Monday, March 17, 2014

Dancing With Barbarians

I love reading old picture books and watching vintage movies with our grandchildren.  It allows them the opportunity to see things they do not know and understand, even that as mundane as explaining what a milkman did.  There were (and are) different ways to do things.  These tales do not just increase their knowledge but expand their imagination of what can be.

One of those movies was the classic Disney cartoon version of Robin Hood.  In a scene showing the cemetery surrounding Friar Tuck's church, our four-year-old granddaughter asked, "Why are all those rocks there?"

I realized that she was referring to the gravestones, an unfamiliar sight for any church built in the past fifty years.  I hesitated for a moment as I formulated my answer.

"Those are the faithful ones," I replied.  "The church is surrounded by God's faithful people."

Before I left for home a few days later, I said something about celebrating St. Patrick's Day.  "Who's dat?" asked our grandson.

And I realized that it is not that the stories of the faithful are few and far between, but remain untold.  These are real people.  Look how God used these ordinary people in extraordinary ways.  This is what being used by God looks like.

Tell these stories of God's faithfulness to your children and grandchildren that they may not fade into dust.

I will open my mouth in a parable;
I will utter dark saysings from of old,
things that we have heard and known,
that our fathers have told us.
We will not hide them from their children,
but tell to the coming generation
the glorious deeds of the LORD,
                     and His might,
and the wonders which He has wrought.
                               Psalm 78. 2-4

Today is St. Patrick's Day, and while the rivers will be running green in Chicago, the true story of Patrick stands in sharp contrast to what is typically celebrated on this holiday.  The following post has appeared on this blog in previous years, but the story of Patrick is always a profound reminder to me of what God can do through His faithful ones.  Patrick did not flee from the barbarians, but allowed God's grace to transform a culture and literally change the world. 

We celebrate today not green beer and leprechauns, but one man’s radical obedience to God, through whom God used to change the course of history.

Patrick was born in 387 in Britain, which was part of the then-crumbling Roman Empire.  He came from a legacy of faith; his father and his grandfather were spiritual leaders in the early church and served as deacons.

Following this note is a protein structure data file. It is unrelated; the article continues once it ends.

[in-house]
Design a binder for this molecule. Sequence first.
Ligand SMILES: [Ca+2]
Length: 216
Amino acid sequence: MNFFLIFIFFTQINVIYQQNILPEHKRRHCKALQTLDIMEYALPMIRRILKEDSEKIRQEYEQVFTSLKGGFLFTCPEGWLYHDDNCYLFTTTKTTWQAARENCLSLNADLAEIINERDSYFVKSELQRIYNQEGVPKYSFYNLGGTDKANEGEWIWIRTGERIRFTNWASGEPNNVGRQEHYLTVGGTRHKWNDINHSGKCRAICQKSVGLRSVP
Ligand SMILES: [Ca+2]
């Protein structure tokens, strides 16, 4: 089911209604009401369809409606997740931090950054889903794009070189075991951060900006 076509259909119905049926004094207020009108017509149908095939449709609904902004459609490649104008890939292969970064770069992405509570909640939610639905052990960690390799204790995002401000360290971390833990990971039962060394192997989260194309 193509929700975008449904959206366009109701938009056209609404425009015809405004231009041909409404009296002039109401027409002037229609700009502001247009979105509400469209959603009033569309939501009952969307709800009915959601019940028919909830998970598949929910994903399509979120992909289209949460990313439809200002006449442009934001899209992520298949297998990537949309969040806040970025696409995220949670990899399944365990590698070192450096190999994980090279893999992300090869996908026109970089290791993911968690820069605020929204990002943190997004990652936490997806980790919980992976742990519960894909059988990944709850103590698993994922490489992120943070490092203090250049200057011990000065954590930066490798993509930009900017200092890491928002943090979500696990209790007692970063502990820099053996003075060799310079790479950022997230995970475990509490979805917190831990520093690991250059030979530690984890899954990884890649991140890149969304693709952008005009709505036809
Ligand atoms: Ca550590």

When he was 16 years old, Patrick was kidnapped by Irish raiders, taken to Ireland, and sold as a slave.  What seemed as a tragedy in a young man’s life, God used for tremendous good.  In the long hours slaving as a shepherd in the wilderness taking care of his master’s sheep, Patrick spent long hours in prayer and meditation.

In his own words:   “But after I reached Hibernia I used to pasture the flock each day and I used to pray many times a day. More and more did the Love of God, and my fear of Him and faith increase, and my spirit was moved so that in a day [I said] from one up to a hundred prayers, and in the night a like number; besides I used to stay out in the forests and on the mountain and I would wake up before daylight to pray in the snow, in icy coldness, in rain, and I used to feel neither ill nor any slothfulness, because, as I now see, the Spirit was burning in me at that time".

Also in this time of exile, he learned the Celtic language and became well-versed in the pagan culture of Ireland, as his master was a high Druid, an important leader in Irish religion and culture.  All these things God fashioned into tools in Patrick’s life which later would be used for His Kingdom.

After six years of enslavement, being prompted in a dream that “Your ship is ready,”  Patrick escaped and fled on foot for 200 miles and found a ship, ready to sail.  He returned to Britain and studied to be a priest.  Nudged again by God in a vision, he returned to Ireland, the land of his captivity and a place of fierce opposition to the Gospel, to be a missionary to the Irish people.

After 30 years of evangelism, he died on March 17 in the year 461.  One of his tools of evangelism was the three-leafed shamrock, which he used to teach unbelievers about the Trinity.

But that is only the beginning of the story.  Patrick’s obedience to God then reverberated throughout the known world.  As chronicled in Thomas Cahill’s book How the Irish Saved Civilization, God used Patrick as a catalyst for literacy and learning in Ireland while Europe was being invaded and destroyed by barbarians in a period of time we know as the Dark Ages.

So wear the green proudly today in honor of what God can do through one man’s faithfulness to Him.  And as a challenge that we may live obediently for God.  Yes, it matters.  It matters a lot.  More than we can ever know.

I thank my God through Jesus Christ
for all of you,
because your faith is proclaimed
in all the world.
                                  Romans 1.8

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